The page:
BOURBONNAIS -- Devin Hester is one of 43 Bears who will come out of contract at the end of this season. He's fine with that, even though general manager Phil Emery has proclaimed there will be no new deals done during the season.
"I'd rather do my contract after the season is over because the way I'm feeling now, I could boost my stock a whole lot from where it's at now," Hester said. "I'd rather have mine after the season because what I'm planning on doing this year is going to help me out."
After a disappointing 2012 season, Hester has been relegated strictly to returning kicks, with only a possibility of reclaiming his former wide receiver role.
"I don't know what the coaches have in mind," he said. "But I'm more focused on special teams and we'll see where it goes from there."
Hester's production as a pass catcher has dropped in three straight seasons, and his 2012 return numbers were disappointing for the NFL career record holder in combined kick-return touchdowns (17) and punt-return touchdowns (12). If he doesn't regain his elite form as a returner, Hester might not have a role on this year's team.
"I have to prove myself every year," he said. "This is a league where only the best survive. I do feel like I'm an elite player. I still have a lot left in the tank. For some of the guys that felt like I lost a step, it's a burning fire that's under my foot to prove (it) to not only you guys but my family as well. I will show it this year."
New Jedi master:
Defensive end Shea McClellin says he'll miss defensive coordinator Rod Marinelli, who is now the Cowboys' defensive line coach.
Even as the Bears' coordinator, Marinelli was very hands-on with the linemen, his specialty. But McClellin is glad Mike Phair is back for his third year as defensive line coach.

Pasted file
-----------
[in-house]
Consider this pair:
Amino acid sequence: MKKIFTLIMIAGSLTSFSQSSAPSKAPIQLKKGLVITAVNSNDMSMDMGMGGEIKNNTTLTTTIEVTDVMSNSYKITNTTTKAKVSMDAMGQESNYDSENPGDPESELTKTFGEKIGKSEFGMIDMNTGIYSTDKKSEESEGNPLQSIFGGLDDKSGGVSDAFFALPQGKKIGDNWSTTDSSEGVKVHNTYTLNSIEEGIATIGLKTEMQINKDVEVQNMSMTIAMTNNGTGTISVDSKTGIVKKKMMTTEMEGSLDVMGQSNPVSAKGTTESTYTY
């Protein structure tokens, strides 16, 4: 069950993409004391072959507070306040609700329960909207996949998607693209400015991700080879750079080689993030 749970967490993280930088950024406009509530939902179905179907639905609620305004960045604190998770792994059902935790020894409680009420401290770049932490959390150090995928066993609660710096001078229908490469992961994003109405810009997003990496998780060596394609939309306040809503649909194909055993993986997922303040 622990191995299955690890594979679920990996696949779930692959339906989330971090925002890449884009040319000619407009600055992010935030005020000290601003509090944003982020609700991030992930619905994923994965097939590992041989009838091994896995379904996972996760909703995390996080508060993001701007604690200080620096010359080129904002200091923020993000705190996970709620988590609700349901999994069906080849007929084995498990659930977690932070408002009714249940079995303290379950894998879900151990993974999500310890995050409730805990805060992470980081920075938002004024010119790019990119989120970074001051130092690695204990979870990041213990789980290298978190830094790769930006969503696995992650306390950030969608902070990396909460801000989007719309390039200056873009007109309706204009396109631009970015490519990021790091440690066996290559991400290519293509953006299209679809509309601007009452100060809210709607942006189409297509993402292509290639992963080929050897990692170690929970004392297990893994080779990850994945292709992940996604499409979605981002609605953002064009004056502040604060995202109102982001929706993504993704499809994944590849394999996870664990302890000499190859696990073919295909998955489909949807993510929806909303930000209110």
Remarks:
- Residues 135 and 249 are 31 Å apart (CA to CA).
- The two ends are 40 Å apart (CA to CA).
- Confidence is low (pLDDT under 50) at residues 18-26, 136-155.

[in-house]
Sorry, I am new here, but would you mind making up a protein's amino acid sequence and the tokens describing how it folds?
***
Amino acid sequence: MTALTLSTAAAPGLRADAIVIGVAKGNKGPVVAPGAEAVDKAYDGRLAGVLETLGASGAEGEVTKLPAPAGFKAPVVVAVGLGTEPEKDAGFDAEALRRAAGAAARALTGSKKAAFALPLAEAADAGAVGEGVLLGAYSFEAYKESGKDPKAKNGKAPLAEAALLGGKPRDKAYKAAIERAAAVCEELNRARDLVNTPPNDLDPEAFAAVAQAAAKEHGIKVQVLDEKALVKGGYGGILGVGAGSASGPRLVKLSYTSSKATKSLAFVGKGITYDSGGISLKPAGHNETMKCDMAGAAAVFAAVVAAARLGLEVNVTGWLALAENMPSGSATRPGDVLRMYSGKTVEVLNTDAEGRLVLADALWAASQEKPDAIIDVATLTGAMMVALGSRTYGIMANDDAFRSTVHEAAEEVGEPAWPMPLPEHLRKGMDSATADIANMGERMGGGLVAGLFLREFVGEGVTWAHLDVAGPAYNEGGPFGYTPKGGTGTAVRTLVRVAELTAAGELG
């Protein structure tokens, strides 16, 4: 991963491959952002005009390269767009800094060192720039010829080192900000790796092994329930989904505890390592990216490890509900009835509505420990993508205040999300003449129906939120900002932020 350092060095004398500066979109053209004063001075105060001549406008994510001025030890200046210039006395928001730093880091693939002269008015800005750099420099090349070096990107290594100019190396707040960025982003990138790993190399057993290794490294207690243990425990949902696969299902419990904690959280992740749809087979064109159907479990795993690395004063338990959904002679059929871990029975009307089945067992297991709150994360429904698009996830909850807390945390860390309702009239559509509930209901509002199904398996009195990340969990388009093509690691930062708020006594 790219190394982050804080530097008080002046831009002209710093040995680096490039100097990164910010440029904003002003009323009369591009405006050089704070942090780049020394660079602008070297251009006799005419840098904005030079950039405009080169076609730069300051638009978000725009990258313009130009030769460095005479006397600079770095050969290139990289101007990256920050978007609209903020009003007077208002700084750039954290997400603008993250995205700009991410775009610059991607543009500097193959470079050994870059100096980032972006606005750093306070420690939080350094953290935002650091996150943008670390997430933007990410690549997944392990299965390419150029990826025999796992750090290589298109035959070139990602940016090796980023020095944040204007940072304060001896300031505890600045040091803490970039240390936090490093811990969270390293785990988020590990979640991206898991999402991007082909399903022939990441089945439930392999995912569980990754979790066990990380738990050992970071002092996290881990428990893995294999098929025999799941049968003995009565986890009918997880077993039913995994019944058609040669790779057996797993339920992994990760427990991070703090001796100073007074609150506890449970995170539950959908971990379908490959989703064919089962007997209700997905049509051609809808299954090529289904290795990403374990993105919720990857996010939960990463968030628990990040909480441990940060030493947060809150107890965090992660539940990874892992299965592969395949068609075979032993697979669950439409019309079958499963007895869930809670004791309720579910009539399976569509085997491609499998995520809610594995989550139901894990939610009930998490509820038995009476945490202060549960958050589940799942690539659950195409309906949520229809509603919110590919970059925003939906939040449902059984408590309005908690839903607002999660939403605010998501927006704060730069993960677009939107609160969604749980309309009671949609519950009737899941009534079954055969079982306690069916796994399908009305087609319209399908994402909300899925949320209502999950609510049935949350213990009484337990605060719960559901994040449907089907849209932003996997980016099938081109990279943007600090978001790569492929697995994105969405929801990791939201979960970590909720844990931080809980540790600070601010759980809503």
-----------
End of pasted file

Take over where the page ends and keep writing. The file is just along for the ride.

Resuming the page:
"(Marinelli) was a great coach definitely," said McClellin, who was third on the team as a rookie last season with 14 quarterback pressures. "Starting my career I learned a lot from him. But Marinelli was like Yoda to Phair, so Phair is stepping up. He's the new Yoda."
Early to work:
All but two of the Bears' 13 training camp practices at Olivet Nazarene University commence at 9 a.m., a departure from former coach Lovie Smith's protocol in years past. Under Smith, practices alternated between morning, afternoon and evening in recent years. The change is all part of new coach Marc Trestman's agenda.
"With our 12 o'clock starting time (for games), we want to build a habit," Trestman said. "We know that players like an itinerary. They like to know where they're supposed to be and what they're supposed to do.
"On Sunday in September we've got a 12 o'clock game. We've go to get up early and get ourselves and our body's functions moving in the right direction, so we can be ready to come out of the gate at 12 o'clock and be ready to play. This allows them to do that."
Five of the Bears' first seven games and 12 of the 16 will begin at noon. Trestman believes the early start to the workday will benefit players and a similar itinerary will carry over into the regular season.
"There's also the residual effect of having more time off their feet," Trestman said. "We want to get up and get our work done, and this is how we're going to operate during the season. We're going to start at 7:30 with the team. So they've got to be up and ready to go. We've got some guys traveling longer distances than others, and they get used to waking up early and getting their systems functioning in a way that they'll be ready to work and practice at those times."
Defensive lineman Jamaal Anderson, the eighth overall pick in the 2007 draft, signed a one-year contract Wednesday, replacing defensive tackle Sedrick Ellis, who did not report to camp and has advised the Bears he plans to retire.
The 6-foot-6, 280-pound Anderson has started 48 games and played in 77 in six seasons with the Falcons (2007-10), Colts (2011) and Bengals (2012). He has 132 career tackles, 7½ sacks, 10 pass breakups, 2 forced fumbles and a fumble recovery.
Ellis was placed on the reserve/retired list.